Post-concussion syndrome is a complex disorder in which various symptoms — such as headaches and dizziness — last for weeks and sometimes months after the injury that caused the concussion.
The symptoms of this disease are includes Headaches, Dizziness, Fatigue, Irritability, Anxiety, Insomnia, Loss of concentration and memory, Noise and light sensitivity, vertigo,memory problems,trouble concentrating,sleeping problems,insomnia,restlessness, irritability,apathy,depression,anxiety,personality changes.
There is no specific treatment for post-concussion syndrome. Instead, your doctor will treat the individual symptoms you're experiencing. The types of symptoms and their frequency are unique to each person.Examples include: Amitriptyline. This medication has been widely used for post-traumatic injuries, as well as for symptoms commonly associated with post-concussion syndrome, such as irritability, dizziness and depression. Amitriptyline may be combined with propranolol (Inderal, Innopran XL) to treat migraine-type headaches. Topiramate. Commonly used to treat migraines, topiramate (Qudexy XR, Topamax, Trokendi XR) may be effective in reducing headaches after head injury. Common side effects of topiramate include weight loss and cognitive problems. Gabapentin. Gabapentin (Gralise, Neurontin) is frequently used to treat a variety of types of pain and may be helpful in treating post-traumatic headaches. A common side effect of gabapentin is drowsiness.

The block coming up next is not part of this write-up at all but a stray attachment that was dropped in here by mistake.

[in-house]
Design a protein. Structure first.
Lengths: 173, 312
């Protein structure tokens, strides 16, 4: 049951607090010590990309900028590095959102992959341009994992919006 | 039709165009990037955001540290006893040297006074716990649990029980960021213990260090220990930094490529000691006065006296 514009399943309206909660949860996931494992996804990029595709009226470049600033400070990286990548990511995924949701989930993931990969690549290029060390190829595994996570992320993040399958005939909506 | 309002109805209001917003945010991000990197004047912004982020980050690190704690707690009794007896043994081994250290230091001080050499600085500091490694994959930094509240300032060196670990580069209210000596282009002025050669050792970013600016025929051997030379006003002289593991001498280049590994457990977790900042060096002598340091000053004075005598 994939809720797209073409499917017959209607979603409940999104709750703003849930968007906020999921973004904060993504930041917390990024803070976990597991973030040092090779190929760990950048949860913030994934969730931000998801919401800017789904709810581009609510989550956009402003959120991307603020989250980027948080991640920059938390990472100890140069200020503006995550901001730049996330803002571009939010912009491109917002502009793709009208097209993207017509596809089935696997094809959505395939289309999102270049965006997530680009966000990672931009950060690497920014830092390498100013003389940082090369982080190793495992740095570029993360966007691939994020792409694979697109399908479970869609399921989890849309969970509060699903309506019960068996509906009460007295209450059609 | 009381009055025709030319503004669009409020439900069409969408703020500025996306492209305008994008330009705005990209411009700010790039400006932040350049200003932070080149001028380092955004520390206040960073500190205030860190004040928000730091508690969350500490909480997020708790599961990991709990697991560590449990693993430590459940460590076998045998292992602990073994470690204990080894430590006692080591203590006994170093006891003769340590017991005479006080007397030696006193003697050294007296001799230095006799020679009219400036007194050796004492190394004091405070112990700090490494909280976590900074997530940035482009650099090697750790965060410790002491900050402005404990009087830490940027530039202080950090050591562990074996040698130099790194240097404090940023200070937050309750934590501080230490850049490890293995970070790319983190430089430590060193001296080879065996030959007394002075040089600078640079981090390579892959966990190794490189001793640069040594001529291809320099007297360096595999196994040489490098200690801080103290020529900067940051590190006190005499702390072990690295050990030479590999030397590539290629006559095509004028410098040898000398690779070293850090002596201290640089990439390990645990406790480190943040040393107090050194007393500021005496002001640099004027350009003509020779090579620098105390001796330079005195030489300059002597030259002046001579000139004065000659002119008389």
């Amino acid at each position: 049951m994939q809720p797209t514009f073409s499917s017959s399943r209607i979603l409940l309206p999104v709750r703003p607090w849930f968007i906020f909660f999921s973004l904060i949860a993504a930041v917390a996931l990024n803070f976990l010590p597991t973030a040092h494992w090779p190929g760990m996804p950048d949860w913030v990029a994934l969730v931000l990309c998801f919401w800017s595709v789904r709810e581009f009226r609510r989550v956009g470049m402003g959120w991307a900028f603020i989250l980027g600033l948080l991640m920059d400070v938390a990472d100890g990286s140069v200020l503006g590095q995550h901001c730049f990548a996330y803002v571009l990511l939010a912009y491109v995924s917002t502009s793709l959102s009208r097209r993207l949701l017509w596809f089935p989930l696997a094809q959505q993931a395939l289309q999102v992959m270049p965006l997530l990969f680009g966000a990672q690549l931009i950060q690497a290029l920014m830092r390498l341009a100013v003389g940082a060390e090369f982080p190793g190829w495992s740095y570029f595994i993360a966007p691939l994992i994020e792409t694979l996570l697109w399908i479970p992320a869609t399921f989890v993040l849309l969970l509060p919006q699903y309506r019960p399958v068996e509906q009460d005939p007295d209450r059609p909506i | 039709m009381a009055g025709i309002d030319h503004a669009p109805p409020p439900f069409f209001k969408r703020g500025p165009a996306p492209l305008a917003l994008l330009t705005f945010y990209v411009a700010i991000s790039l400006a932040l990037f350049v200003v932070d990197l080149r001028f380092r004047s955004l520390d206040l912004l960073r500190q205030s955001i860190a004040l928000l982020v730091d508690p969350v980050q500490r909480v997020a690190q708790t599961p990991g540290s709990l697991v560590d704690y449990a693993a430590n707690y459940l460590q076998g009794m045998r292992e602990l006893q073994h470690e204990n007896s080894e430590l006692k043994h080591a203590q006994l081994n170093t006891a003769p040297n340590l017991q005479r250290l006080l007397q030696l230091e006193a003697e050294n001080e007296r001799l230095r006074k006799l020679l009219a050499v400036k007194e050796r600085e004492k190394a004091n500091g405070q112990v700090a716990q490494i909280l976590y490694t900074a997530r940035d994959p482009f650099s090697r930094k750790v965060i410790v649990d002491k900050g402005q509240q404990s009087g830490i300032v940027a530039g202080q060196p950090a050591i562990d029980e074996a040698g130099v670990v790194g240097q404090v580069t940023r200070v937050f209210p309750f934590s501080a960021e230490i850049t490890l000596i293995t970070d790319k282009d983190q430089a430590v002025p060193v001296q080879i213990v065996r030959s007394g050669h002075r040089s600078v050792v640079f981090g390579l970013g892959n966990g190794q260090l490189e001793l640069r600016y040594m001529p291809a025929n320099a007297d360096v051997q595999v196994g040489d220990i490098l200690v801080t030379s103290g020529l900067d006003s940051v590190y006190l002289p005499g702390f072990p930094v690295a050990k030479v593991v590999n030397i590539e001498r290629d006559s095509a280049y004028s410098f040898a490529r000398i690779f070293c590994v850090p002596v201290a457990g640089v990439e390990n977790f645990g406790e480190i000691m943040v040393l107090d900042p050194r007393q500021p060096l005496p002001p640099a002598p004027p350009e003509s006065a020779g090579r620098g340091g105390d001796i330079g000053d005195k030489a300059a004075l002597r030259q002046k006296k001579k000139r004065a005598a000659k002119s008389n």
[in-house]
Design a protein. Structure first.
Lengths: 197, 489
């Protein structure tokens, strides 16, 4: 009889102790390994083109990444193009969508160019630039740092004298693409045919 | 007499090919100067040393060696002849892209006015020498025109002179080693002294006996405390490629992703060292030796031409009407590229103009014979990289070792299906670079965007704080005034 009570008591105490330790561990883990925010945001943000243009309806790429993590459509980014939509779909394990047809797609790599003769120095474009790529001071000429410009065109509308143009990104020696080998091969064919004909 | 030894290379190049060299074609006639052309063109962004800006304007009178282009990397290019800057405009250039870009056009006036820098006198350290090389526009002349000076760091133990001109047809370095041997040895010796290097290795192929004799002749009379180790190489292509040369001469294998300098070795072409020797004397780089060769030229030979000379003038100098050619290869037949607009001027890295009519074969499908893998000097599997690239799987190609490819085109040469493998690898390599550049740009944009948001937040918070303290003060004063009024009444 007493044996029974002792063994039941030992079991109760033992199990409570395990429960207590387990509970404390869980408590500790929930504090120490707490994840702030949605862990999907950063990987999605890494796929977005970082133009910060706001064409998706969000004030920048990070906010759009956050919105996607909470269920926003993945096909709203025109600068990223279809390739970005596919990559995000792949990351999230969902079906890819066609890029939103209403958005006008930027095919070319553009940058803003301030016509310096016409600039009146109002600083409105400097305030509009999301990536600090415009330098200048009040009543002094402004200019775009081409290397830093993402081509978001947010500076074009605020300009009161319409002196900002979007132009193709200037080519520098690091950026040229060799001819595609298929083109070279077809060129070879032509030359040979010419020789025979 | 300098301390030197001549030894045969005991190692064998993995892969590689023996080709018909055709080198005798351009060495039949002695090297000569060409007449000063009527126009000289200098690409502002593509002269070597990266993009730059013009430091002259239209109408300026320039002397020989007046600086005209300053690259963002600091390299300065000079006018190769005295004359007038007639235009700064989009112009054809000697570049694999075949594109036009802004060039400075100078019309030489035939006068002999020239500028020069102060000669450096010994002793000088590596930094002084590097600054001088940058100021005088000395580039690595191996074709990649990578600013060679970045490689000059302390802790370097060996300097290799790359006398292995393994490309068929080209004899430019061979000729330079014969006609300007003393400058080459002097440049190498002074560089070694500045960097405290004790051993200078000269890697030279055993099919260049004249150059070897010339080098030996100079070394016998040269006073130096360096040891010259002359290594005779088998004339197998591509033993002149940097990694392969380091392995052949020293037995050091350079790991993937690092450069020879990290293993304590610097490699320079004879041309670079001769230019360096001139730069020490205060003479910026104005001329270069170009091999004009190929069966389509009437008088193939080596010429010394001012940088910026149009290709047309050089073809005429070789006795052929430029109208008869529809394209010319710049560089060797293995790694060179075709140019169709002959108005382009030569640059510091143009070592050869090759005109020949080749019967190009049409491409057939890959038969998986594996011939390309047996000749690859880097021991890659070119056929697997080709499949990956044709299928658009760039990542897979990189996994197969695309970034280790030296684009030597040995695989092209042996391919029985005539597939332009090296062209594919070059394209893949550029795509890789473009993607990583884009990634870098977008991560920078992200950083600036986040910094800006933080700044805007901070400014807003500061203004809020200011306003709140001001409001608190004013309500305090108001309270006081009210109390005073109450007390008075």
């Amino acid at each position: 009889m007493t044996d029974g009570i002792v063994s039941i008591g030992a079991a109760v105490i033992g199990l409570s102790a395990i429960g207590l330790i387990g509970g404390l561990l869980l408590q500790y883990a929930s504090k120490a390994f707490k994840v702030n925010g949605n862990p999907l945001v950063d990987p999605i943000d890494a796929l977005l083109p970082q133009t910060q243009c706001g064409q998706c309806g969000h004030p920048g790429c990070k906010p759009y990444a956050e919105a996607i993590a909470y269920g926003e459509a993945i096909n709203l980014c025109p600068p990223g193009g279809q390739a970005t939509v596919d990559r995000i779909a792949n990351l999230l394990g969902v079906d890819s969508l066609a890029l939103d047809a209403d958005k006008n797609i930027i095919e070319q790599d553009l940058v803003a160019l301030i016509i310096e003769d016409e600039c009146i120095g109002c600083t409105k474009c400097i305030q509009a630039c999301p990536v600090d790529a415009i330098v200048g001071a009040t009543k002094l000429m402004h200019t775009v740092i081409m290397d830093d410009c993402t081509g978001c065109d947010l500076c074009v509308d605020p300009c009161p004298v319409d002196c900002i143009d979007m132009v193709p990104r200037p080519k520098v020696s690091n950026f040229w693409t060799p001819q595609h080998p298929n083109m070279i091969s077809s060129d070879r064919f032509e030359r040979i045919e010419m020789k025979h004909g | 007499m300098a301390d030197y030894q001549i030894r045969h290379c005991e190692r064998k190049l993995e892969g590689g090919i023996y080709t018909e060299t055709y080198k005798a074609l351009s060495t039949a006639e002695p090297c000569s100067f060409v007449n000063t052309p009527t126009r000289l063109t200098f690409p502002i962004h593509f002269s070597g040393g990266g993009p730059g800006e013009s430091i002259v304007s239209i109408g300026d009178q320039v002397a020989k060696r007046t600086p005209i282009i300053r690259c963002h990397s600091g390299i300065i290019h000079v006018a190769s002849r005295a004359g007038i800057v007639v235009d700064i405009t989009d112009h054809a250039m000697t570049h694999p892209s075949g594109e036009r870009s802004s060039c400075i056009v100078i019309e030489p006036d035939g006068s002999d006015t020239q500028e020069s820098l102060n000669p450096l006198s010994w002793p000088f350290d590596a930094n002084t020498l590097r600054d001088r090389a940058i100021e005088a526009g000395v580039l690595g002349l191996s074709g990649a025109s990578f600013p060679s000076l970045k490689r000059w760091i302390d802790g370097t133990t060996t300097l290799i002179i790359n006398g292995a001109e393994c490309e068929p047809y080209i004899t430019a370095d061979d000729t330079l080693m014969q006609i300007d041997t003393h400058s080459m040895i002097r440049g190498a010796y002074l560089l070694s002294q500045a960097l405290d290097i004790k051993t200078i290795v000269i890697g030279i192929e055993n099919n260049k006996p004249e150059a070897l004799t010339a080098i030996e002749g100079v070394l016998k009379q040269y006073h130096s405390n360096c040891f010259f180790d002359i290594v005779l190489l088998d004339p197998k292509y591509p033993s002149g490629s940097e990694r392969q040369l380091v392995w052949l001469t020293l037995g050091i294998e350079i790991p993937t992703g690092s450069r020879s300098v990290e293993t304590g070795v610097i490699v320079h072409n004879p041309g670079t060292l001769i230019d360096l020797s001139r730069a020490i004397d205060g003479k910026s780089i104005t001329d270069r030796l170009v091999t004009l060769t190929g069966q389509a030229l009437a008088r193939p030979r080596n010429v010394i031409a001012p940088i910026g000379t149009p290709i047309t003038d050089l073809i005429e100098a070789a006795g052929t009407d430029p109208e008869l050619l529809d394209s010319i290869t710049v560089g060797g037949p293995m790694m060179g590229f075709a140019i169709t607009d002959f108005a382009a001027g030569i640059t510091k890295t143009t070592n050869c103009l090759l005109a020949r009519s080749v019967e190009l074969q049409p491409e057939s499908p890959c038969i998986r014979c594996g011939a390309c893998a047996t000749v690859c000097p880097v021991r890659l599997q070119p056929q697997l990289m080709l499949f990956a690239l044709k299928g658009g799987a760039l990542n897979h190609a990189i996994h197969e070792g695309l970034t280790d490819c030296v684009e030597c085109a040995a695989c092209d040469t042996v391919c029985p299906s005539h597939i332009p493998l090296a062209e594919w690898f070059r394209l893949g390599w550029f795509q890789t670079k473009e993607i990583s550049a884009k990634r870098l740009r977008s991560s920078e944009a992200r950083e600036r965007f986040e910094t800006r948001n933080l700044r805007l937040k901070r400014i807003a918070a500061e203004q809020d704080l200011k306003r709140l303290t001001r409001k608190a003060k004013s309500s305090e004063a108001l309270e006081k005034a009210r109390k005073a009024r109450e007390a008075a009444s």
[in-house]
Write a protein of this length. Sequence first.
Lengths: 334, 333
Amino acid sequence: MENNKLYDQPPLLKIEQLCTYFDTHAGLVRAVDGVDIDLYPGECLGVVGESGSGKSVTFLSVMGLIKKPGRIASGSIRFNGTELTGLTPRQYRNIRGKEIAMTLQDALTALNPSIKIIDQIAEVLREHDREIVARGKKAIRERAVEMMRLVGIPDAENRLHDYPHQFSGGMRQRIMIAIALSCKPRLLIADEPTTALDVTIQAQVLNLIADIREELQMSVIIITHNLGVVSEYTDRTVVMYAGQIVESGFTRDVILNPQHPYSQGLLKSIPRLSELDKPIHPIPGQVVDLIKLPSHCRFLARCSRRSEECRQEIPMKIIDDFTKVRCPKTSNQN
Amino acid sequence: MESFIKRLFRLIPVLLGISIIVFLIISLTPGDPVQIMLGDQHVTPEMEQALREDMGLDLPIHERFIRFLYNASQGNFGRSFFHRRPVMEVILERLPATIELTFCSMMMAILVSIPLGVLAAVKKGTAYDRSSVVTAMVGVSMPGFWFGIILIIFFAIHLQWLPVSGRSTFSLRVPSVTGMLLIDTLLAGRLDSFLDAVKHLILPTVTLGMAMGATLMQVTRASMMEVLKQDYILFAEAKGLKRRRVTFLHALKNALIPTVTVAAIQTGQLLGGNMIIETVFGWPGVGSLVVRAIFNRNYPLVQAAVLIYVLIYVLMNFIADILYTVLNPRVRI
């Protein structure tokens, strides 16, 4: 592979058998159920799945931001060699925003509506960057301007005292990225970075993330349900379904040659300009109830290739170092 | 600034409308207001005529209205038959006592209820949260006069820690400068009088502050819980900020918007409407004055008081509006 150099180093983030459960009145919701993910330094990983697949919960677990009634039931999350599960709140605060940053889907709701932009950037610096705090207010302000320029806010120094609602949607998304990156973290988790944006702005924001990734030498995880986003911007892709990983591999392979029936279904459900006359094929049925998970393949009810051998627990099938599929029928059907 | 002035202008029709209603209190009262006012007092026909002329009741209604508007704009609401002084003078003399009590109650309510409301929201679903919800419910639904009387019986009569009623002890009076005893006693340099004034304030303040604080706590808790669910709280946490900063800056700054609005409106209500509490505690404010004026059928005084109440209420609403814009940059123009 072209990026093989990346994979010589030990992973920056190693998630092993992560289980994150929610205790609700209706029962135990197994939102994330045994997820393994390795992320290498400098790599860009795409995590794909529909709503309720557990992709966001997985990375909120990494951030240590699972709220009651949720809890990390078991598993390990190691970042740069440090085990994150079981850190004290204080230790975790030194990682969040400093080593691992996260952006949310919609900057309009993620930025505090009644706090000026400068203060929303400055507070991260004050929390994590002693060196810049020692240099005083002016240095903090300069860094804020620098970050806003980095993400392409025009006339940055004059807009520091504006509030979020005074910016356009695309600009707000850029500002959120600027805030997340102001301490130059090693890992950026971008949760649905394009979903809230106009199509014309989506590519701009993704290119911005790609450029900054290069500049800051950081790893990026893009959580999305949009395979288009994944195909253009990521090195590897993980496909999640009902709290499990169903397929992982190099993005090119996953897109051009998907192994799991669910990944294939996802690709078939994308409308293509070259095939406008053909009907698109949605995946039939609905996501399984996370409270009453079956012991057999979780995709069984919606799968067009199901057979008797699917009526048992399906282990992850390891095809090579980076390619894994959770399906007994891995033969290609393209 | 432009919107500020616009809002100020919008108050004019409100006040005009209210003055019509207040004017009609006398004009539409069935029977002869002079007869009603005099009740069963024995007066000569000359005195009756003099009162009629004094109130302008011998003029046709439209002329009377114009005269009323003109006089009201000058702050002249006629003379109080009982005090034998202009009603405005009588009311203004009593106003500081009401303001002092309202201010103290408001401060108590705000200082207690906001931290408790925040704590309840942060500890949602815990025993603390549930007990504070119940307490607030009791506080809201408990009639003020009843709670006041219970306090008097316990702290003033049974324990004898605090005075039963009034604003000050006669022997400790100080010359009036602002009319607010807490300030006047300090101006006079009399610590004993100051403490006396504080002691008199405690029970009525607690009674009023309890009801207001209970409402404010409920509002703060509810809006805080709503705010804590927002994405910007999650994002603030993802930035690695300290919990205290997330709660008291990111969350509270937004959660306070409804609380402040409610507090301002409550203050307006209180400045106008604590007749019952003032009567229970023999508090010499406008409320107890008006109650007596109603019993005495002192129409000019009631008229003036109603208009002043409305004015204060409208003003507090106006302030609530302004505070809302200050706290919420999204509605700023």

To study quality of life and subjective post-concussion symptoms in adults (16-60 years) with a mild traumatic brain injury (MTBI) 3 months and 1 year after injury. Of a total of 489 patients 173 responded to questionnaires at 3 months and at 1 year, including the SF-36 health-related quality of life survey, which is a standardized measure validated for Swedish conditions. Post-concussion symptoms were rated as either existing or non-existing in a 21-item checklist [a modified version of Comprehensive Psychopathological Rating Scale (CPRS)]. SF-36 showed impaired scores in all dimensions. Existing post-concussion symptoms were reported by 1545%. Significantly, more symptoms were present at 3 months than at 3 weeks after injury. Furthermore, a significant correlation between higher rates of post-concussion symptoms and lower SF-36 scores was found. Quality of life and post-concussion symptoms in adults after mild traumatic brain injury: A population-based study in western Sweden.